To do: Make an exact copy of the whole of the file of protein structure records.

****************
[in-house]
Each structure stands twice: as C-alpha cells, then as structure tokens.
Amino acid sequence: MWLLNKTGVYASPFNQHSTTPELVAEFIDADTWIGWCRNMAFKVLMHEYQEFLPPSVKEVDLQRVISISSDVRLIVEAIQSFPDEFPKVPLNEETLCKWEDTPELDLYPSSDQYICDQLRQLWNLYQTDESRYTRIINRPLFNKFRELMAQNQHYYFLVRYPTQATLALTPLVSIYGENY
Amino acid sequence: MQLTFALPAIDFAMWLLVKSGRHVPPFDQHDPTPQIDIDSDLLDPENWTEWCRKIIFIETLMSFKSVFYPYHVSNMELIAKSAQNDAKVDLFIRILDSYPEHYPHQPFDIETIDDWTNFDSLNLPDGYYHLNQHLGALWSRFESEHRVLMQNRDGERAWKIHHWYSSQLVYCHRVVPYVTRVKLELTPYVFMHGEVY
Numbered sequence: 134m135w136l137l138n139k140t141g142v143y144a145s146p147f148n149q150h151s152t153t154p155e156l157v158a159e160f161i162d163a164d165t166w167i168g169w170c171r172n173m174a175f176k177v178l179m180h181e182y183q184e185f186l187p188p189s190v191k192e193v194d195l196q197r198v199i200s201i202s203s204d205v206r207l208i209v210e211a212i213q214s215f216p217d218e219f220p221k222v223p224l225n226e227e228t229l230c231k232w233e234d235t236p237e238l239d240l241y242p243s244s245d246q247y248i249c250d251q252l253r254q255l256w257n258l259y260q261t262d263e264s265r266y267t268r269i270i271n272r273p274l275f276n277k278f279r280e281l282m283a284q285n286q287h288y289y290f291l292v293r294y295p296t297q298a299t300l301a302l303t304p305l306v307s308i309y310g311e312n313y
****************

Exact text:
[in-house]
Each structure stands twice: as C-alpha cells, then as structure tokens.
Amino acid sequence: MWLLNKTGVYASPFNQHSTTPELVAEFIDADTWIGWCRNMAFKVLMHEYQEFLPPSVKEVDLQRVISISSDVRLIVEAIQSFPDEFPKVPLNEETLCKWEDTPELDLYPSSDQYICDQLRQLWNLYQTDESRYTRIINRPLFNKFRELMAQNQHYYFLVRYPTQATLALTPLVSIYGENY
Amino acid sequence: MQLTFALPAIDFAMWLLVKSGRHVPPFDQHDPTPQIDIDSDLLDPENWTEWCRKIIFIETLMSFKSVFYPYHVSNMELIAKSAQNDAKVDLFIRILDSYPEHYPHQPFDIETIDDWTNFDSLNLPDGYYHLNQHLGALWSRFESEHRVLMQNRDGERAWKIHHWYSSQLVYCHRVVPYVTRVKLELTPYVFMHGEVY
Numbered sequence: 134m135w136l137l138n139k140t141g142v143y144a145s146p147f148n149q150h151s152t153t154p155e156l157v158a159e160f161i162d163a164d165t166w167i168g169w170c171r172n173m174a175f176k177v178l179m180h181e182y183q184e185f186l187p188p189s190v191k192e193v194d195l196q197r198v199i200s201i202s203s204d205v206r207l208i209v210e211a212i213q214s215f216p217d218e219f220p221k222v223p224l225n226e227e228t229l230c231k232w233e234d235t236p237e238l239d240l241y242p243s244s245d246q247y248i249c250d251q252l253r254q255l256w257n258l259y260q261t262d263e264s265r266y267t268r269i270i271n272r273p274l275f276n277k278f279r280e281l282m283a284q285n286q287h288y289y290f291l292v293r294y295p296t297q298a299t300l301a302l303t304p305l306v307s308i309y310g311e312n313y